Apple Inc (NASDAQ: APPL) is what may be considered an emotional stock. Or, perhaps more accurately, many of the people who buy and sell Apple over-react to positive or negative news about the company’s fortunes.
Virtually anyone who has owned Apple these last three decades – as I have – is quite well aware of the wide swings in its price. But you already knew that.
But apparently, few have been paying a whole lot of attention to one of the stock’s three key variables. They are fixated on price, which of course, is a key variable – and admittedly the most important.
They also are very conversant with market capitalization. Indeed, last year, when Apple became the first American corporation to reach a capitalization of over one trillion dollars, the only question left was: Which company would be next?
Now, in most endeavors, two out of three ain’t bad. But, at least in the long run, when it comes to stocks, we really need to keep our eye on all three key variables.
So far, we’ve talked about the price of Apple stock and about its market capitalization. But very little is ever said about its third key variable – the number of shares of Apple stock that are outstanding. In other words, how many shares are in the hands of its stockholders?
Now, if that happened to be a fixed number – say five billion shares — then you really would not need to read any further. But it’s not. It’s a very big number, but it’s been falling fairly quickly over the last six years.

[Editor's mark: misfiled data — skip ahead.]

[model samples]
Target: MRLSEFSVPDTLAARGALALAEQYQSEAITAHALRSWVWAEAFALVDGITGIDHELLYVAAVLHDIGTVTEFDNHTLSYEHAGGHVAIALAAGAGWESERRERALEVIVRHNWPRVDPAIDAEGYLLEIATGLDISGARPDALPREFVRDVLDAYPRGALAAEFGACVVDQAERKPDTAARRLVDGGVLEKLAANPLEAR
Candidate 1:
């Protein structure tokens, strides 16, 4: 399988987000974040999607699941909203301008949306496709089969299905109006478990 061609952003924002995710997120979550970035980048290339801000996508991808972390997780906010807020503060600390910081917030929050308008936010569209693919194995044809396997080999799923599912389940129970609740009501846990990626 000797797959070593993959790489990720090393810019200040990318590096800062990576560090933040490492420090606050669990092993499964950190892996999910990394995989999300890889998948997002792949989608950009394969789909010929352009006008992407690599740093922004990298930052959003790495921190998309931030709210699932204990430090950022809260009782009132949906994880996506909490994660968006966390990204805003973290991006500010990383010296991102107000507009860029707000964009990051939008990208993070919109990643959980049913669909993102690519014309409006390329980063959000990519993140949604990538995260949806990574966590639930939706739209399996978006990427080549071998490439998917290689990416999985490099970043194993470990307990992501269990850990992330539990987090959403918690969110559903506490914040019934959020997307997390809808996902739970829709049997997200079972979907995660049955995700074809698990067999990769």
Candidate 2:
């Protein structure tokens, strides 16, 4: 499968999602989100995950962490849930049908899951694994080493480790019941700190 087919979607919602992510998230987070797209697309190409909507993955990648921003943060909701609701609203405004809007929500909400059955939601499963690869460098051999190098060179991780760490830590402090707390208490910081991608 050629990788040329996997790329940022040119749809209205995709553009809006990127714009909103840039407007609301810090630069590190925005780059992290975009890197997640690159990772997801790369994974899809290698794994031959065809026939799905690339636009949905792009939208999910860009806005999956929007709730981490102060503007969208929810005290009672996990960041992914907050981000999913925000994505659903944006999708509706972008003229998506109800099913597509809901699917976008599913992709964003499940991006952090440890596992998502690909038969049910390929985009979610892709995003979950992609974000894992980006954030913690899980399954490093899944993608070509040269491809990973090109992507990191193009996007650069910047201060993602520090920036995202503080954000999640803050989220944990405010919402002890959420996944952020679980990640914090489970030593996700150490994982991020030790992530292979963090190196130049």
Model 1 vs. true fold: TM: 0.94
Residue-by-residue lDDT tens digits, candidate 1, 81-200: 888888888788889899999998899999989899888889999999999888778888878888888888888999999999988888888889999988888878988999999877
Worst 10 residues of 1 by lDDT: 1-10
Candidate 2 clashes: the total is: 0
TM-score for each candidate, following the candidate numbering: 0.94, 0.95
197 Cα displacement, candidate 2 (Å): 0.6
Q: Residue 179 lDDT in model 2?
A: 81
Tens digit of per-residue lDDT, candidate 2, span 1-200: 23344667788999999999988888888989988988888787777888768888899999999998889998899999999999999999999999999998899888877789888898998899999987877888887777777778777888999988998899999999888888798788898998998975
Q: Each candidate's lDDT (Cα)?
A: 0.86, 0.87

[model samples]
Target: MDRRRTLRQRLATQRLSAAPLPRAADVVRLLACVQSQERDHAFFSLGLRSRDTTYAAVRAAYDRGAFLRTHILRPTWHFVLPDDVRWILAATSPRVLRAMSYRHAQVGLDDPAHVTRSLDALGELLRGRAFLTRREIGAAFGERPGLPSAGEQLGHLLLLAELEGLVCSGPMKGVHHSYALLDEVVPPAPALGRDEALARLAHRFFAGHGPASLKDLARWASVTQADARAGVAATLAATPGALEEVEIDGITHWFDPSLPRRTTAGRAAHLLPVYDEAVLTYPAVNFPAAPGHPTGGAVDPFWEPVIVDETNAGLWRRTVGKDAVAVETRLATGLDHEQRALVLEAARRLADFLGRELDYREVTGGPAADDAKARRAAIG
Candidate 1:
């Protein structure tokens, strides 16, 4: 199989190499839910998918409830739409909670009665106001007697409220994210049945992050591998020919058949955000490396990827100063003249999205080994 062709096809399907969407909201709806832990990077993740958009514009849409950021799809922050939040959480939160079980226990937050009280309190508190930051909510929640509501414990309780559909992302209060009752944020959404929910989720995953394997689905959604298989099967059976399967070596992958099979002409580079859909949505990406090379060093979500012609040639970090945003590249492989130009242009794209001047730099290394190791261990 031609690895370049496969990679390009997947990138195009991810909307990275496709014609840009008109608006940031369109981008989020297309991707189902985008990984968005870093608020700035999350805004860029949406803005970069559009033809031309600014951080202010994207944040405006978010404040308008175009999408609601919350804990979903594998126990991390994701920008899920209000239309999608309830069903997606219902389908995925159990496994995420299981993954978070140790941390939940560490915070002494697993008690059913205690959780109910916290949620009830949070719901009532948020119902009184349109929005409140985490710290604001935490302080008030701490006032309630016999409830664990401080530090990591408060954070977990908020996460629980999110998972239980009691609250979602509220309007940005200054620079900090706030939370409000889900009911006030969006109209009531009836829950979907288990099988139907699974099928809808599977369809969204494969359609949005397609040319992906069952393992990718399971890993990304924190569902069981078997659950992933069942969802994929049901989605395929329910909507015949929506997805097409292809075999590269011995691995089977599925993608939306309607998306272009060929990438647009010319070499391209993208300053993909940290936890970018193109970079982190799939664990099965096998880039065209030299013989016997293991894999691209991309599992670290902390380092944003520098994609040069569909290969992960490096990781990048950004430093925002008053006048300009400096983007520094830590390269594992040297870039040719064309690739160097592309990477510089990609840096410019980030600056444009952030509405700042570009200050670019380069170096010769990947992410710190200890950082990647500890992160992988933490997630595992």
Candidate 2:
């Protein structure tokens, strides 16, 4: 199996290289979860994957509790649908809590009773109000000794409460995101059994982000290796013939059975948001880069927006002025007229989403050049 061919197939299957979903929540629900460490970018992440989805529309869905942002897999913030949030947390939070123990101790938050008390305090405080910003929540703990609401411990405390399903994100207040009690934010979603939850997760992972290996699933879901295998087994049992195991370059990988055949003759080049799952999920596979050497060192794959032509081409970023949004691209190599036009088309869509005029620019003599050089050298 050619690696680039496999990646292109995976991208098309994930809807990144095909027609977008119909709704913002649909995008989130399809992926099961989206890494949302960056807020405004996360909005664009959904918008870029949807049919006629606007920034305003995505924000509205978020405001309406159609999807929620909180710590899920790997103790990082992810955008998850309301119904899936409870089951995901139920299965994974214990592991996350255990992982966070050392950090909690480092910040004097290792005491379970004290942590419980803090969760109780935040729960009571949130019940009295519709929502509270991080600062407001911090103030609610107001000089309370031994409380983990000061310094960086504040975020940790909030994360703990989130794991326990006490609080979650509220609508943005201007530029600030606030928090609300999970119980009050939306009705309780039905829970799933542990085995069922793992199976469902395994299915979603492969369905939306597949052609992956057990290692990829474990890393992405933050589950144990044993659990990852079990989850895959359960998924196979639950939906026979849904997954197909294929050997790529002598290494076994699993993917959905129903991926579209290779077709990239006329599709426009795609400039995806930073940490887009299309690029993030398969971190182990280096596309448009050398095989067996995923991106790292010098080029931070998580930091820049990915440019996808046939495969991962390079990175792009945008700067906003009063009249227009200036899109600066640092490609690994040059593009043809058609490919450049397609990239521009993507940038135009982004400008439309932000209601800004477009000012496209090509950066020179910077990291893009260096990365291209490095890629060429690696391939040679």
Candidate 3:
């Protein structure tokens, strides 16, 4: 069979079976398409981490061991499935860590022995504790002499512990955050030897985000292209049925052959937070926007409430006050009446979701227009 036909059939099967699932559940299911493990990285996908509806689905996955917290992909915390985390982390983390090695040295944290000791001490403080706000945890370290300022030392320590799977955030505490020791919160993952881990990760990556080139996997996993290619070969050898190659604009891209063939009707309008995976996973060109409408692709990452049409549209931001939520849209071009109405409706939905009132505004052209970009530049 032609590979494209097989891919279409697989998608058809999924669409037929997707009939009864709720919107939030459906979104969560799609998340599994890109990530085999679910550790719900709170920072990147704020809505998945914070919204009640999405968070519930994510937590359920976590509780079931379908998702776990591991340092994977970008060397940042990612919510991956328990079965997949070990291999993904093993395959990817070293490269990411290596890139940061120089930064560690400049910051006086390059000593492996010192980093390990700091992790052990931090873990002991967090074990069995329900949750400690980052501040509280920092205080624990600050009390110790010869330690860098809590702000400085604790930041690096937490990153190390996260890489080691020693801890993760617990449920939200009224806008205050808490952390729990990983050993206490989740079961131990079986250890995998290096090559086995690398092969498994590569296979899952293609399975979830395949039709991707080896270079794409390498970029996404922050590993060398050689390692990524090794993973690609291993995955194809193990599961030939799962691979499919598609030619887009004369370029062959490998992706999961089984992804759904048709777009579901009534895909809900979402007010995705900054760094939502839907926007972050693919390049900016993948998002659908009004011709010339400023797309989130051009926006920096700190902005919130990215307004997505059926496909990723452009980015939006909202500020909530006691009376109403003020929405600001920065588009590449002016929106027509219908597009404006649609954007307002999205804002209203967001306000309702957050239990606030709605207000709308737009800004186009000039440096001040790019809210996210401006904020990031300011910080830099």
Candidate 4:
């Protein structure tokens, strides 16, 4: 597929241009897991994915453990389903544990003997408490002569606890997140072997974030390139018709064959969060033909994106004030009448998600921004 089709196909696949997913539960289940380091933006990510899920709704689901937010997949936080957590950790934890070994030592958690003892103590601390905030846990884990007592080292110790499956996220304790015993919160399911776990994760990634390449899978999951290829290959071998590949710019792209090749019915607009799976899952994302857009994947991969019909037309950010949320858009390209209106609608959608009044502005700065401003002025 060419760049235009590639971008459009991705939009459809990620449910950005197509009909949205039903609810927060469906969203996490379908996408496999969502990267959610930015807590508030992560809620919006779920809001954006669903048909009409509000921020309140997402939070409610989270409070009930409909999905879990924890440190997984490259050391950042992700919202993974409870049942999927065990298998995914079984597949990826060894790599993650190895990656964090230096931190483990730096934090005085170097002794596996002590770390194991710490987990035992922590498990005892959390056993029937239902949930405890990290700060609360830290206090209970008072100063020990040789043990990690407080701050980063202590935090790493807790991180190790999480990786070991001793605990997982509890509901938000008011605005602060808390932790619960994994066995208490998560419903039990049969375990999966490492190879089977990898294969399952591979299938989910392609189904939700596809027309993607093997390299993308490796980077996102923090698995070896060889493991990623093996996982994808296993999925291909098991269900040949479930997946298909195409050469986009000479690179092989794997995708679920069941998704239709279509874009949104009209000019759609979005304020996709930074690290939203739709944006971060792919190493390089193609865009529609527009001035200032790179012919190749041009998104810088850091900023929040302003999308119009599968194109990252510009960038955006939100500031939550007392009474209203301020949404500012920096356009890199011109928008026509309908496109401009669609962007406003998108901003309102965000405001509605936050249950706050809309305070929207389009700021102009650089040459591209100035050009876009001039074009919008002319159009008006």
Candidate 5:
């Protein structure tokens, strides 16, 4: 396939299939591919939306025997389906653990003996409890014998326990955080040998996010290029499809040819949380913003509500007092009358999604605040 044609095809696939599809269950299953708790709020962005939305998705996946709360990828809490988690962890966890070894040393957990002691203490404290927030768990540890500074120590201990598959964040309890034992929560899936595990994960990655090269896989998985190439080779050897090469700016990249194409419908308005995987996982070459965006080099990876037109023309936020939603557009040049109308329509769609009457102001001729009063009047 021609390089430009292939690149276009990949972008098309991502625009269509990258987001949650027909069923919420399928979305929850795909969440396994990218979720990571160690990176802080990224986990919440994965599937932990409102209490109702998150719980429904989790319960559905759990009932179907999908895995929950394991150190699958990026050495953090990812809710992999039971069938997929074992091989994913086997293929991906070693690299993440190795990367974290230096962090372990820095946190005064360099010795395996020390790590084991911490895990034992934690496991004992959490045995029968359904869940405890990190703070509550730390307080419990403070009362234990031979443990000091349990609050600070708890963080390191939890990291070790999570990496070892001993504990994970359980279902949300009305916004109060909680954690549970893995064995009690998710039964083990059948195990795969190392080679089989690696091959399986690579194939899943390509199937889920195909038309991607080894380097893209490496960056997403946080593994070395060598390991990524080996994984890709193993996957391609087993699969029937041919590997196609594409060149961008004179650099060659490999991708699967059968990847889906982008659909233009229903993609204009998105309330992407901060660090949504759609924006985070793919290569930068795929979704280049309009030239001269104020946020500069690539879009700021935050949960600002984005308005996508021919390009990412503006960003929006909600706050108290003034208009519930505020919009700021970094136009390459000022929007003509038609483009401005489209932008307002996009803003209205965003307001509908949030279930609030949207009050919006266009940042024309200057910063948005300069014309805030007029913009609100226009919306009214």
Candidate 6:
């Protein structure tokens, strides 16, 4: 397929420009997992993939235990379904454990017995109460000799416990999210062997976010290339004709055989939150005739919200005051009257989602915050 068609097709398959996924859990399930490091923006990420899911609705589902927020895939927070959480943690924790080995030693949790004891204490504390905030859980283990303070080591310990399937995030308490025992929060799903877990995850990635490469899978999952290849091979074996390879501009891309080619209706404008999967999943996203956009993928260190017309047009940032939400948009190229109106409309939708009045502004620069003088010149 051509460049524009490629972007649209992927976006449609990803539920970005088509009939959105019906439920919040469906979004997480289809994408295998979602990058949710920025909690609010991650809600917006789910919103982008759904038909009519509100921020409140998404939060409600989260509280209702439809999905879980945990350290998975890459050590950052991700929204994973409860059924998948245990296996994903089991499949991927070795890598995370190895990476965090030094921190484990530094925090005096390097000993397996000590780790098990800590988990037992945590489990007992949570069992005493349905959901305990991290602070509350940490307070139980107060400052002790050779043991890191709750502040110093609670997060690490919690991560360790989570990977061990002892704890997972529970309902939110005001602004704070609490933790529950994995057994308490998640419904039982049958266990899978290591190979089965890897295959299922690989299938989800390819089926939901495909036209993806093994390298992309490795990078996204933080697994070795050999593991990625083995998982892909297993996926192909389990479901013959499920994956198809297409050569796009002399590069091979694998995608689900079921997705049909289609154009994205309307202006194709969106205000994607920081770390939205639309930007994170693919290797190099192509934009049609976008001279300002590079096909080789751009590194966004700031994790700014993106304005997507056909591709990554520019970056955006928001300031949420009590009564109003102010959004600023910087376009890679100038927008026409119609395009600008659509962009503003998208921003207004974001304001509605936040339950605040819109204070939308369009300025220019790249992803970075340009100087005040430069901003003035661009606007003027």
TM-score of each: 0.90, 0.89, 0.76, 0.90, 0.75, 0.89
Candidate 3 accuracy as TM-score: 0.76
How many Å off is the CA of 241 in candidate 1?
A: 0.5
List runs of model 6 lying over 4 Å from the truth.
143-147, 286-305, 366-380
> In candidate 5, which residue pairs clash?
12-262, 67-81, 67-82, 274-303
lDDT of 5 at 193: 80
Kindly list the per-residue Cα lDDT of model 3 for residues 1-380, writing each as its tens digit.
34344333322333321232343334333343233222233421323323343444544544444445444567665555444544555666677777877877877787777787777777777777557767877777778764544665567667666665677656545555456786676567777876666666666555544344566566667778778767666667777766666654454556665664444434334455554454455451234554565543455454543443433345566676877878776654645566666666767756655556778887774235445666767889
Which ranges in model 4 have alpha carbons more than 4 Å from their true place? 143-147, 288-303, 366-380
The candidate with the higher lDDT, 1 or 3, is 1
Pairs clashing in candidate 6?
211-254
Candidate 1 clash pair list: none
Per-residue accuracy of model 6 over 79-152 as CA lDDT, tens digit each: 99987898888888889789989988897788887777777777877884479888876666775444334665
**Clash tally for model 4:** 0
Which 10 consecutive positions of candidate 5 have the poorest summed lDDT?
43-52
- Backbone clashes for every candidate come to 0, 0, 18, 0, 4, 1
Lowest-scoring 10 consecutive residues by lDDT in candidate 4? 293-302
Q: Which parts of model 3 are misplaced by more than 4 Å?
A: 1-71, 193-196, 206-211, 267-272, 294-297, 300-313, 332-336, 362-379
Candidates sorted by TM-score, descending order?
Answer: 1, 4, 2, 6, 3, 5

You’re probably aware of the company’s long-term stock buy-back program. In Table 1, you’ll see just how well that program is working out.
Now let’s do a little math. We can calculate the current stock price of Apple by dividing its market capitalization, about $800 billion, by the number of outstanding shares, 4.72 billion. I’ll leave that calculation to you.
What did you come up with? Just about $170, right? Which, of course, is just about what Apple is currently selling for.
Now, let’s consider the company’s stock buy-back plans in the foreseeable future. Considering that the company still has a huge cache of cash – perhaps $250 billion – it certainly has the ability to keep buying back shares at the same pace. And then too, since Apple is trading at about $60 below its $233 peak last fall, it seems likely that management will want to keep backing back shares at relatively low prices.
Let us say, just for the fun of it, that eventually the number of shares outstanding were to fall to 4 billion. If the market capitalization were to remain exactly the same — $800 billion – go ahead and calculate the stock price.